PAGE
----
Echo's End

Salisbury Playhouse

Until April 15

A wonderfully atmospheric set, designed by Tom Rogers, conveys the isolation of a small rural community, in Barney Norris's play Echo's End, directed by Alice Hamilton.

Birdsong reflects peace and solitude as the distant clamour of the First World War steadily impinges on a remote corner of Wiltshire. Troops are assembling on the Plain, a wet winter brings foot rot to sheep, and young people dare to imagine a future beyond the traditional life they have known.

Kate Moore gives a sensitive portrayal of Anna, a young woman eager to discover a wider world, and reluctant to commit her future to John (Tom Byrne) with whom she has grown up. Her father Arnold (David Beames) and John's mother Margaret (Sadie Shimmin) are concerned when John unexpectedly joins the Wiltshire Regiment and prepares to go to war.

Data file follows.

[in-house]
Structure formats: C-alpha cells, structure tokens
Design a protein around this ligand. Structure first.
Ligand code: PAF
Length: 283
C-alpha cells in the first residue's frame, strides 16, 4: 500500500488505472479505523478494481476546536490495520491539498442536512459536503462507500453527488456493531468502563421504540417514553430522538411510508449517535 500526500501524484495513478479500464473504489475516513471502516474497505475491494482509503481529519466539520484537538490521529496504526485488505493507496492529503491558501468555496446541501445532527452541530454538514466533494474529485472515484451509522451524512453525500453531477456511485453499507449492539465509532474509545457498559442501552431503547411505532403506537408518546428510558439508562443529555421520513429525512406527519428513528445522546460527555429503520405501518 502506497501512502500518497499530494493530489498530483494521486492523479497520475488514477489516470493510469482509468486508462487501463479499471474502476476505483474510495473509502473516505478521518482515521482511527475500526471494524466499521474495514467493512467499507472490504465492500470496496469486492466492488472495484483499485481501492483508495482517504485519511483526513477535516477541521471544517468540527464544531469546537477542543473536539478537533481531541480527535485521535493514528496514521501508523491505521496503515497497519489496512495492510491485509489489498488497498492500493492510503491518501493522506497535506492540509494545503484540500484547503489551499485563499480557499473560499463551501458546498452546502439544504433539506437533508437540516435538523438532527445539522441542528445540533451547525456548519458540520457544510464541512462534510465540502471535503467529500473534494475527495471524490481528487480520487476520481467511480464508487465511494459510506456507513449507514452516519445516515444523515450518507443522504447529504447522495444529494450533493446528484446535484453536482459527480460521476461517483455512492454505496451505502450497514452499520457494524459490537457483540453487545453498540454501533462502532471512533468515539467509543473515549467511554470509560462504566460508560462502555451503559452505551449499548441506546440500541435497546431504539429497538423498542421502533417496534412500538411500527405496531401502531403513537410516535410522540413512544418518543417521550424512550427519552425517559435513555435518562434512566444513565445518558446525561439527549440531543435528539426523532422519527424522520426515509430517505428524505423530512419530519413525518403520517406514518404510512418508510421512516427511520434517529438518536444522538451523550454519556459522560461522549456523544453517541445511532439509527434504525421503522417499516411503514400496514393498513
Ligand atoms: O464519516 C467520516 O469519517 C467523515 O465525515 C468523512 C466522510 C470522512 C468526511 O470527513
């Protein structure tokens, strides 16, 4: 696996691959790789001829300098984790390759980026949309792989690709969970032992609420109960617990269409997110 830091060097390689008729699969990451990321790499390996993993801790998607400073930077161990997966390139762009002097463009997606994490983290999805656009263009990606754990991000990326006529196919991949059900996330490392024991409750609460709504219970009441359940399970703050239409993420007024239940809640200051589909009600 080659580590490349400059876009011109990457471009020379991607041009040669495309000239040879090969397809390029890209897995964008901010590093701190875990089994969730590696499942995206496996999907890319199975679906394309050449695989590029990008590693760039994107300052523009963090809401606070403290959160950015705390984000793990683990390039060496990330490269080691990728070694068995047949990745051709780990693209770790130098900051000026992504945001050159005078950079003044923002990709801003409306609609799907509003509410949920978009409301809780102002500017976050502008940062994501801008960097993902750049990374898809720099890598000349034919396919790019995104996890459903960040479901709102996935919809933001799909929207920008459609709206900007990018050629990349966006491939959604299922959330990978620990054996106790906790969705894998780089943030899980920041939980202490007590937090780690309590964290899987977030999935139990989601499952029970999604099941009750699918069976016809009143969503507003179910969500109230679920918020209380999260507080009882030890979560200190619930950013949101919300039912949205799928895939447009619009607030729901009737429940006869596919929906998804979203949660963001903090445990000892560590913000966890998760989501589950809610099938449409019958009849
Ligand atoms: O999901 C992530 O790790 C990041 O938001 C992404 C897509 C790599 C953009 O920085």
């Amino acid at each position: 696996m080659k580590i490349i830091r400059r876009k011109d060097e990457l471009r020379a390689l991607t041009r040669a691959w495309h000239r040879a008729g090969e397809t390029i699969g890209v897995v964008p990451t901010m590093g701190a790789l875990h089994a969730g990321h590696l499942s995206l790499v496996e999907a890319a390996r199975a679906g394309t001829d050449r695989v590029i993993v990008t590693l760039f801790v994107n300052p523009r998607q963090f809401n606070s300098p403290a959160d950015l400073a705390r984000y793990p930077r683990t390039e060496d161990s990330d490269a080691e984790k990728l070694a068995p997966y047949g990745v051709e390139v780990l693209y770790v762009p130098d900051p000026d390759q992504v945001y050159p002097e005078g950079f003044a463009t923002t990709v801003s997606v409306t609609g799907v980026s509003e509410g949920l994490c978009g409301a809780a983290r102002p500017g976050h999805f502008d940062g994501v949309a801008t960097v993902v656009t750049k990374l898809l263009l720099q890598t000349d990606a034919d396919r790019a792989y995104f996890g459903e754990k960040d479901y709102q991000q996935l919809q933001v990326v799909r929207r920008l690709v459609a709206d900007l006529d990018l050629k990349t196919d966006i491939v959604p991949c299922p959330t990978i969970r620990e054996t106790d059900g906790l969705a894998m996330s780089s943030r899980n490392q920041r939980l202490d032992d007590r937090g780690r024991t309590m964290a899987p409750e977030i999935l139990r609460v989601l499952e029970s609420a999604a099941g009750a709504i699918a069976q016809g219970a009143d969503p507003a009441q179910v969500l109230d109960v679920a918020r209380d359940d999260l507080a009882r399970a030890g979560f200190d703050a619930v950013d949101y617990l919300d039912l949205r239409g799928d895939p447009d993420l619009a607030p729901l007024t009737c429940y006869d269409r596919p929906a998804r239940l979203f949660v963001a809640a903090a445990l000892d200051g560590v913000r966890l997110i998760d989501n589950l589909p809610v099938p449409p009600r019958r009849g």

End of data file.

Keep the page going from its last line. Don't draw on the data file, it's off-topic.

"Why can't you feel proud of me?" he asks, as he leaves to face unimagined horrors. Among the soldiers on the Plain is Jack, (Oliver Hembrough) a wounded New Zealander with an eye for the main chance, profiting from sale of Army provisions and appreciative of Anna's charms.

Robin Soans as Jasper, (an old, wise, kindly man - in his early 70s, he thinks) observes all that goes on, and is philosophical about life and relationships.

Echo's End has many delights, including its subtle lighting, silhouetted figures to suggest the changing seasons, a lively folk song evoking happier times, and over all, the shadow of the inevitable changes that the Great War will impose. Excellent sound design by Helen Skiera includes an early aeroplane, flying across the auditorium to herald a new era of inexorable change.